A Wizard’s Forge by A.M. Justice

Posted September 12, 2016 by Minx

This review is based on a complimentary book I received from NetGalley. It is an honest and voluntary review. The complimentary receipt of it in no way affected my review or rating.

A Wizard’s Forge by A.M. Justice A Wizard's Forge by A.M. Justice
Series: The Woern Saga #1
Genres: Fantasy, Science Fiction
Release Date: September 19, 2016
Publisher: Wise Ink Creative Publishing
Format: ARC, E-book
Source: NetGalley
Pages: 326
ISBN: 1634899237
Purchase at: Amazon
Minx's Rating:

Scholar. Slave. Warrior. Wizard.

On a planet far from Earth, descendants of marooned space travelers fight a decades-long war. Shy scholar Victoria knows nothing of this conflict until pirates kidnap and sell her to the sadistic tyrant behind it. He keeps her naked and locked in a tower, subjecting her to months of psychological torture. After seizing an opportunity to escape, Vic joins the fight against her former captor and begins walking a bloody path toward revenge.

As the Blade, Vic gains glory raiding her enemy’s forces, but the ordeal in his tower haunts her. Bitter memories keep her from returning the love of the kindhearted Prince Ashel, whose family has fended off the tyrant’s invading army for a generation. When enemy soldiers capture Ashel, Vic embarks on a quest to rescue him and, on the journey, discovers a source of spectacular power. With wizardry, Vic can rescue the prince, end the war, and wreak the vengeance she craves, but she might also destroy her only chance for peace.


“We do not seek to understand” the Master Logkeeper always reminded her, “only to preserve.”

Setting: Three thousand years ago a crew of mineral miners set out on a mission from Earth to the planet of Gomorrah but due to sabotage were not able to make it to their destination. With the mission a failure Captain Wong of the shuttle Elesendar was forced to make an emergency stop in the orbit of what is now referred to “Knownearth.” The crew came down to the planet to search for iron, copper and other ores so that they might be able to repair the Elesendar’s failed drives. It is assumed they were unable to make the needed repairs and settled on the planet.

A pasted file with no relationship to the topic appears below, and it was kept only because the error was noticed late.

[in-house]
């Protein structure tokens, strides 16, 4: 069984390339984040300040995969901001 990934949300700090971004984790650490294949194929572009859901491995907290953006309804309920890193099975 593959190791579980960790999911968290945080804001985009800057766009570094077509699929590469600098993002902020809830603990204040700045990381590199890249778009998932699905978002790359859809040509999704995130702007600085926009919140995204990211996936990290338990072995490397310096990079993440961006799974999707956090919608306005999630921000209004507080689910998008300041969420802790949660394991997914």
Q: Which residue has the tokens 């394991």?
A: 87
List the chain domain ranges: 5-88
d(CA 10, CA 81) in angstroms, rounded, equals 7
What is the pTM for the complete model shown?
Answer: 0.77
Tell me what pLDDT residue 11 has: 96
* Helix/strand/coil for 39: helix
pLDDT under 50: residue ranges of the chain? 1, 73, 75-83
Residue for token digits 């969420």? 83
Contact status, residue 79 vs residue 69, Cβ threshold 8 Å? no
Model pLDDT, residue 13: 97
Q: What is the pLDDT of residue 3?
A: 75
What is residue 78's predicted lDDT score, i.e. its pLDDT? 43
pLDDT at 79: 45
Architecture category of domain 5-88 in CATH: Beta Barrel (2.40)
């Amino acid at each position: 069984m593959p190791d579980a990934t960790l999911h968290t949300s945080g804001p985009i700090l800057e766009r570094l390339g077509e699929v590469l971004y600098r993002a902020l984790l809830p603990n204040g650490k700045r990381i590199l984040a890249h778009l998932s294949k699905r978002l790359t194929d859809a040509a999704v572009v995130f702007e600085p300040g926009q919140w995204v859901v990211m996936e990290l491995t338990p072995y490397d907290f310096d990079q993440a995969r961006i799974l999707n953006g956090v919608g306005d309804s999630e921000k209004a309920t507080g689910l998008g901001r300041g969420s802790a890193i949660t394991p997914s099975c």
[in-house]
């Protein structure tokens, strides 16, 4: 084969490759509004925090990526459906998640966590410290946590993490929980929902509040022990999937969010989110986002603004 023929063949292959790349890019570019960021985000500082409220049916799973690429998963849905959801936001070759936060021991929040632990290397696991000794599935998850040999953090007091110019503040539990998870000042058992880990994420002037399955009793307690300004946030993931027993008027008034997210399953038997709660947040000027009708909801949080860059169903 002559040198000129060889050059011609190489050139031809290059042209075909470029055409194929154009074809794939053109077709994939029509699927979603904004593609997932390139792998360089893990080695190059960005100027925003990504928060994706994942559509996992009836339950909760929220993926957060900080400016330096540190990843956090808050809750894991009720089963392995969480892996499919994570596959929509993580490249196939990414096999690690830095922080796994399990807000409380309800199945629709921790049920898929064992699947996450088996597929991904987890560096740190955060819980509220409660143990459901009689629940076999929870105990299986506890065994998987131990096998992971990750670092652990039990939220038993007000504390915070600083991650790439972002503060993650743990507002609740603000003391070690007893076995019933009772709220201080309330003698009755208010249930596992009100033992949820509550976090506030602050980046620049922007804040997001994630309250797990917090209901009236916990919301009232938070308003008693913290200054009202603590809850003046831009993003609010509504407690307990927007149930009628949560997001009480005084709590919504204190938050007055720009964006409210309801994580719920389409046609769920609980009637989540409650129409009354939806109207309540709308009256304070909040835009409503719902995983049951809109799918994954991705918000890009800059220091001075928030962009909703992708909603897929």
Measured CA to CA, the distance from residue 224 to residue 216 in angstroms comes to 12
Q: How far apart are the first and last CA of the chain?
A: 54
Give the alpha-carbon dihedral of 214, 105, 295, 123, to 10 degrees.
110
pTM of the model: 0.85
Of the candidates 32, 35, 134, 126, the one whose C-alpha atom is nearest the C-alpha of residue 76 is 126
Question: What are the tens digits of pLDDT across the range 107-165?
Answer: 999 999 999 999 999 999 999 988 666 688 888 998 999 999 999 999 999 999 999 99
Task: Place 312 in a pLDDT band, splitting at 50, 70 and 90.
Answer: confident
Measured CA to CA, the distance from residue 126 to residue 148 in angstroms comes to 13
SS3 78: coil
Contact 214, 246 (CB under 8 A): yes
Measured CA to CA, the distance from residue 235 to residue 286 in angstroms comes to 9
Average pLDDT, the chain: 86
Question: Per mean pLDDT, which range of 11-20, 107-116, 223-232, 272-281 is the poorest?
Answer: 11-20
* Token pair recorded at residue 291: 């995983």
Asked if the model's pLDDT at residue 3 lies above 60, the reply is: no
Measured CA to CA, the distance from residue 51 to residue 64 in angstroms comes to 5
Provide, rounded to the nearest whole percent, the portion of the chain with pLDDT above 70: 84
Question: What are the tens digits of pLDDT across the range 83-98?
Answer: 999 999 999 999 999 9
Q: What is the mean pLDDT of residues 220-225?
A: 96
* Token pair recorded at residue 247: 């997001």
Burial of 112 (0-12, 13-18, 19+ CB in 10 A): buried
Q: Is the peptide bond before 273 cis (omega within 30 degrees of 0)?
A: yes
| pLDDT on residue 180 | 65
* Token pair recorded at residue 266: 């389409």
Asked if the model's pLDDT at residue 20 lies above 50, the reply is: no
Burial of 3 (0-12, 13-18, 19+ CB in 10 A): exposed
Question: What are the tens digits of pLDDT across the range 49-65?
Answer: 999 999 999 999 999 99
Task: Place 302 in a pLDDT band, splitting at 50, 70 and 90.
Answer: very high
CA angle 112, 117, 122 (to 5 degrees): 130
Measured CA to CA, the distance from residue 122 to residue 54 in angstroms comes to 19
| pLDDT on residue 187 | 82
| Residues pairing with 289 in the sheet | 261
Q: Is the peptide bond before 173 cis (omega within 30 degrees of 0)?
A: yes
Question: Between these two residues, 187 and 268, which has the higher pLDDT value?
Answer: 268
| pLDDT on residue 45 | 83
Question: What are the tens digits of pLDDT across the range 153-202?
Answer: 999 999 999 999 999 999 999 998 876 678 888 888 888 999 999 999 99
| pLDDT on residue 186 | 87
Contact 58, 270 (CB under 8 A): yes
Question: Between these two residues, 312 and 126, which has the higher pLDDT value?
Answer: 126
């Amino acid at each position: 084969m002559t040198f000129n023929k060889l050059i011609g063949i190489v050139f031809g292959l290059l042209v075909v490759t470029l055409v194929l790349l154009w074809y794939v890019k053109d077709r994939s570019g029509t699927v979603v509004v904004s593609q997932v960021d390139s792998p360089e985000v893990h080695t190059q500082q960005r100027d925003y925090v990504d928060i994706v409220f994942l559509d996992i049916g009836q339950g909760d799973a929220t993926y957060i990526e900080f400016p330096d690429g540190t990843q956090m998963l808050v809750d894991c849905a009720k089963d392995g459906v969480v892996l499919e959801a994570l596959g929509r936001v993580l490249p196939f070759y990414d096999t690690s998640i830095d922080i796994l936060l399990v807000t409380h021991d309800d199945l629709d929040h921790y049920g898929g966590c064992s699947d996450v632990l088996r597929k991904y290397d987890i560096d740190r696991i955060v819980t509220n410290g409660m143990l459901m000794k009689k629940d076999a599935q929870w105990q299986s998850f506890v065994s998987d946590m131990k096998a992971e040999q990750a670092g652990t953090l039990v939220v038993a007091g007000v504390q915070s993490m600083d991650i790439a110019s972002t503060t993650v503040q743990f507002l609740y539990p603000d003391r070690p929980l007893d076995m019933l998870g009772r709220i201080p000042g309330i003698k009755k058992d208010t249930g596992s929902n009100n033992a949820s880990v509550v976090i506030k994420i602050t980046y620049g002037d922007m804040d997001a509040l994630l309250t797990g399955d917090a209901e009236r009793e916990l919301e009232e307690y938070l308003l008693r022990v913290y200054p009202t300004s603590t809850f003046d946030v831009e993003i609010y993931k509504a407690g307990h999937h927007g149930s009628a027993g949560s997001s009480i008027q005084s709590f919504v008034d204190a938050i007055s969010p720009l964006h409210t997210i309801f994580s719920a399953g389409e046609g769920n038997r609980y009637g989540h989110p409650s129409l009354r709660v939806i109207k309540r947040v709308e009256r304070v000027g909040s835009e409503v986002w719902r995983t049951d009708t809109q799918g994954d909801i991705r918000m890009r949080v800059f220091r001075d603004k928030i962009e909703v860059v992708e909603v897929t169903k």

Plot: Victoria, “Vic,” is from Ourtown. Since a young age she has intended to become a Logkeeper. Logkeepers are in charge of preserving every record their predecessors had from space logs, to information about their space travels and home planet. The hope with this memorization and recitation is to keep all people aware of the history and remembering equations for the precise targeting of a wormhole in case they might be able to someday use it.

Being the youngest Logkeeper ever Vic starts her job in earnest and travels to many villages to recite the logs and transport letters between communities. While staying at a town called Cairo they are attacked by pirates who are also slavers. Taken into slavery Vic and those taken with her are brought to a city called Traine to be sold as slaves. Before going into the open market she is inspected and deemed to be useful as a sex slave in the service of the Remlord, Lornk Korng.

“I’ll come to you, Lornk Korng!” she shouted. “I’ll come as Kara and I’ll spit in your face!”

After enduring months of psychological torture, forms of sexual abuse, and being forced to take the new name of “Kara,” Vic is able to escape through a teletransporter to the land of Latha. After realizing the horror that Vic has been through the Royal Family of Latha has taken it upon themselves to care for and protect her. It is not all roses and sunshine for Victoria though. She is seen as a possible spy and that stigma is a stain that is hard removed. Eventually Vic starts down the path that she feels is her destiny. That she must face in order to heal and to slake her thirst for her revenge. Like a true metamorphosis she is, was, and will be the Logkeeper, The Blade, and the Wizard.